Plankton, which comes from the Greek word for "drifters", makes up the bulk of the animals and plants in the ocean. These tiny creatures, only seen with a magnifying glass or microscope, drift with the prevailing currents. Plankton occur everywhere and form the basis of the marine food chain. They are fed upon by small fish and invertebrates (including filter-feeding animals such as clams), who in turn are fed upon by larger predatory animals such as adult fish who then serve as food for sea birds, marine mammals, and humans.

There are two types of plankton, tiny animals called Zooplankton and tiny plants called Phytoplankton. The microscope photograph shows both types of plankton: the sausage shaped creature with large antennae is an animal called a Copepod and the smaller brown circles with lines are plants called Dinoflagellates.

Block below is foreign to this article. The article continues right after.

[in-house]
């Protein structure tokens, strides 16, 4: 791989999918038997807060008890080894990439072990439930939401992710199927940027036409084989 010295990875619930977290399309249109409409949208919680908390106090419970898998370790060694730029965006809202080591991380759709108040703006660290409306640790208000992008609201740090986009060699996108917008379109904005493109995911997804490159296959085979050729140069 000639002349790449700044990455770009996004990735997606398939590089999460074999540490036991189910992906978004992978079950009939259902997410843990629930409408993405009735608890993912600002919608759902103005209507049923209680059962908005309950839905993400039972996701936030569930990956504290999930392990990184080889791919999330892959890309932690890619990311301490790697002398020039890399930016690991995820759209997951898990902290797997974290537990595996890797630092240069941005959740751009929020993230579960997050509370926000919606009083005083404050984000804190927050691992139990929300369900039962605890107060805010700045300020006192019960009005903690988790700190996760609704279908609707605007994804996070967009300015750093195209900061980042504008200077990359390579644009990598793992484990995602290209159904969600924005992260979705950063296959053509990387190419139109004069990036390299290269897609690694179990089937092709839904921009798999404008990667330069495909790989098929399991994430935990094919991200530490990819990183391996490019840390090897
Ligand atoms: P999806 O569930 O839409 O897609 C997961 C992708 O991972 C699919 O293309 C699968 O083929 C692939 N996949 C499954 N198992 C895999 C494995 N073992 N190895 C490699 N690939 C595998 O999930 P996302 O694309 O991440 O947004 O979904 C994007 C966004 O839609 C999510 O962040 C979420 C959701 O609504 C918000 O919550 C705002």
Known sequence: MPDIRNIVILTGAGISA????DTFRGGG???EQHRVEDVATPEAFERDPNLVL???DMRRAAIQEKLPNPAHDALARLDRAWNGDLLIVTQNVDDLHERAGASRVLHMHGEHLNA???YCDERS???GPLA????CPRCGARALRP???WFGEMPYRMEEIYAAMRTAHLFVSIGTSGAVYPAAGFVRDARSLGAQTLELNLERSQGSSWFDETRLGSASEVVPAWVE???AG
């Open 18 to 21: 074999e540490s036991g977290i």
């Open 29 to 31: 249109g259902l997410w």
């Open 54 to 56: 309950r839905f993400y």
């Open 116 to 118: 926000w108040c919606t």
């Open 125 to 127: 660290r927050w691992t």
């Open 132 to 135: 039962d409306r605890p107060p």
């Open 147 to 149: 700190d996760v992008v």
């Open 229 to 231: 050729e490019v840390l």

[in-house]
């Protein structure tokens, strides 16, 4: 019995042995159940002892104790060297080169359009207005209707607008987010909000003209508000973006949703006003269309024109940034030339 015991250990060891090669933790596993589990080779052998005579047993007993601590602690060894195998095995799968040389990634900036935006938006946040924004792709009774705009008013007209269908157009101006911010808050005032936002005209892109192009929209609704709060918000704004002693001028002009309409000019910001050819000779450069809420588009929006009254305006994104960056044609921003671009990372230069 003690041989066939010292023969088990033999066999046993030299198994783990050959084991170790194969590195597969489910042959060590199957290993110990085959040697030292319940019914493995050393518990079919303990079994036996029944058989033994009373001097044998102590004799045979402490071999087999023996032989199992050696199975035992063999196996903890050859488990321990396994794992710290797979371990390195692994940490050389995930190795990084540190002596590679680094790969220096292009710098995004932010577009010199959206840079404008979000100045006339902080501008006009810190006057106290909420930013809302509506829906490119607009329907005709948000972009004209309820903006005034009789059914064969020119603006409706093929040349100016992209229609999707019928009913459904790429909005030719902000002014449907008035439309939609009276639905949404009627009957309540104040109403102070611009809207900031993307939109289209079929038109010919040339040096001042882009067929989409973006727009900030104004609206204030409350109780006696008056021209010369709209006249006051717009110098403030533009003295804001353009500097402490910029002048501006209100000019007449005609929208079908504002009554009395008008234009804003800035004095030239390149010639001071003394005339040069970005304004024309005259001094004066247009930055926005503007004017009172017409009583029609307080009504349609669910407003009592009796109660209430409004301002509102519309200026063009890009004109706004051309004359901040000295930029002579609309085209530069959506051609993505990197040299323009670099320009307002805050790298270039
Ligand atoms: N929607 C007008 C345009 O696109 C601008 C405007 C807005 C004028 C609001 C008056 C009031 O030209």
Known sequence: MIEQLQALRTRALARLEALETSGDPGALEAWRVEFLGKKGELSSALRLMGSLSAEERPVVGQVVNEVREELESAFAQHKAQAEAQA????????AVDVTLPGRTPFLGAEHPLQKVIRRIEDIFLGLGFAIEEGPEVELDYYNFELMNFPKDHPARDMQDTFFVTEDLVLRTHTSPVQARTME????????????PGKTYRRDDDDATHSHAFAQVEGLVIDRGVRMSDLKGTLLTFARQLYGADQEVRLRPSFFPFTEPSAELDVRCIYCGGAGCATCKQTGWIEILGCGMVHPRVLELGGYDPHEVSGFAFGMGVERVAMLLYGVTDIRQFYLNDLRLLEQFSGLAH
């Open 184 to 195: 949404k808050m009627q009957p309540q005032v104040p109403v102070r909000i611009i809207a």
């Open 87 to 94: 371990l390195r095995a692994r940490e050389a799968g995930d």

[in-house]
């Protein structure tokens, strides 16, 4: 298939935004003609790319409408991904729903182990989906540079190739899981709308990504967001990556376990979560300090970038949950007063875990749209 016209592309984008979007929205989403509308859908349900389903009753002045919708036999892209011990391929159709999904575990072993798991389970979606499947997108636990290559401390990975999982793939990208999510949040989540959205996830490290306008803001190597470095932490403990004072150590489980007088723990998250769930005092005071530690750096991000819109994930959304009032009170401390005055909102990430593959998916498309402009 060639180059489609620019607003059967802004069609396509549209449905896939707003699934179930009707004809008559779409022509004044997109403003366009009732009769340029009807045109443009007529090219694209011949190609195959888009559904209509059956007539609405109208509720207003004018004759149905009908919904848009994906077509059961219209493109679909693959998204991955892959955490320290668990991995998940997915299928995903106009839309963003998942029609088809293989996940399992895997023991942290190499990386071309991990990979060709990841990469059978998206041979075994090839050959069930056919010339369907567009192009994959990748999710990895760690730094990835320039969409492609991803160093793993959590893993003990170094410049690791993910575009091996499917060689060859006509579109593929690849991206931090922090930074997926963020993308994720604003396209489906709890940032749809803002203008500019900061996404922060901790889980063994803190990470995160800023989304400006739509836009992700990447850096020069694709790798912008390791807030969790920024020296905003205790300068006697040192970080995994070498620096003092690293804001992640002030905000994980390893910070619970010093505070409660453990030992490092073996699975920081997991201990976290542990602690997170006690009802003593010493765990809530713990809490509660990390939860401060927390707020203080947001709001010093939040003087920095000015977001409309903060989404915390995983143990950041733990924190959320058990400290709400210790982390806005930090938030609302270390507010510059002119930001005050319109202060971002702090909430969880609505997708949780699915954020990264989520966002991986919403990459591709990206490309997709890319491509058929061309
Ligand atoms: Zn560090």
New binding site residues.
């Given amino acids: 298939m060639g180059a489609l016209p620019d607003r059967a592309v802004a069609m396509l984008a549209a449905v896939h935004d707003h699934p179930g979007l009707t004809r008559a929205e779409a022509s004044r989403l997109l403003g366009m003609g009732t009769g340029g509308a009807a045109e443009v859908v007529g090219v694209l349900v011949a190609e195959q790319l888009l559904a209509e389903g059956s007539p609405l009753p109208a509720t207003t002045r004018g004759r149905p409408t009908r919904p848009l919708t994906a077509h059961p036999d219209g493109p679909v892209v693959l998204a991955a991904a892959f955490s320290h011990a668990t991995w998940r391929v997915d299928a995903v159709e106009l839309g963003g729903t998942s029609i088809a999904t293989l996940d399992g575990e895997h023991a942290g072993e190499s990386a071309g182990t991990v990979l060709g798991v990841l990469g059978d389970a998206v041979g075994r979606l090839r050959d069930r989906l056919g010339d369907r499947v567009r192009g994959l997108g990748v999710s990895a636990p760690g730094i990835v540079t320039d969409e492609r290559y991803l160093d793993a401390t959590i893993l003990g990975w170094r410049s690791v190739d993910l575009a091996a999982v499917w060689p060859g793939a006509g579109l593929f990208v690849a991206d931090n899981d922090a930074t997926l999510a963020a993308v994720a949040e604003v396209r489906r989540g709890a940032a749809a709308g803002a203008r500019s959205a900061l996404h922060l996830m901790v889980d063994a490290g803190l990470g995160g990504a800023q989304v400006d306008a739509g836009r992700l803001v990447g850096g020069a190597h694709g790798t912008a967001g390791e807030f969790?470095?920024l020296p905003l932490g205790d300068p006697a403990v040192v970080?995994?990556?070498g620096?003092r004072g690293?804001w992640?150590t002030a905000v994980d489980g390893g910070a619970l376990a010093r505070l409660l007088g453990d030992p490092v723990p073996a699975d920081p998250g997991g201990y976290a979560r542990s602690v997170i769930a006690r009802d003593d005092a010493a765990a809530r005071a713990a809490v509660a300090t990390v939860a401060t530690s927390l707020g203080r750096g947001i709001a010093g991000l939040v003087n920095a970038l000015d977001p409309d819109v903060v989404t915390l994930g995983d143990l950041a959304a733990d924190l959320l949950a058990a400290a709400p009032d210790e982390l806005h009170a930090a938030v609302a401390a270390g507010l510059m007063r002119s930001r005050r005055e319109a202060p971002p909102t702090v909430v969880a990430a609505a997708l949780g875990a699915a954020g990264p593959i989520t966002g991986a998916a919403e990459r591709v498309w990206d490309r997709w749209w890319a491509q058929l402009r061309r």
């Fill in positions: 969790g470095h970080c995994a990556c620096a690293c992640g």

Copepods are a group of small (1/16 in. long) crustaceans that can be found in both saltwater and freshwater.  They are major components of the plankton community and are significant prey items.  They use their antennae to swim through the water while feeding on phytoplankton.  The black spot between the antennae is a light-sensing organ allowing them to rise at night to feed and sink during the day to avoid predators.  The armored body contains the stomach and other organs and ends in a spiked tail.

Many Dinoflagellates contain photosynthetic pigments and rely on sunshine for nourishment.  However they are animal-like in that they have small flagella that they can use to swim.  Some species produce a neurotoxin that effects other marine life as well as humans who eat contaminated shellfish .  Blooms of some species can turn the water a reddish color called a "red tide", but such blooms do not necessarily produce a toxin.  To be safe consult your local health department for beach closures (whether a "red tide" is present or not) prior to collecting shellfish for consumption.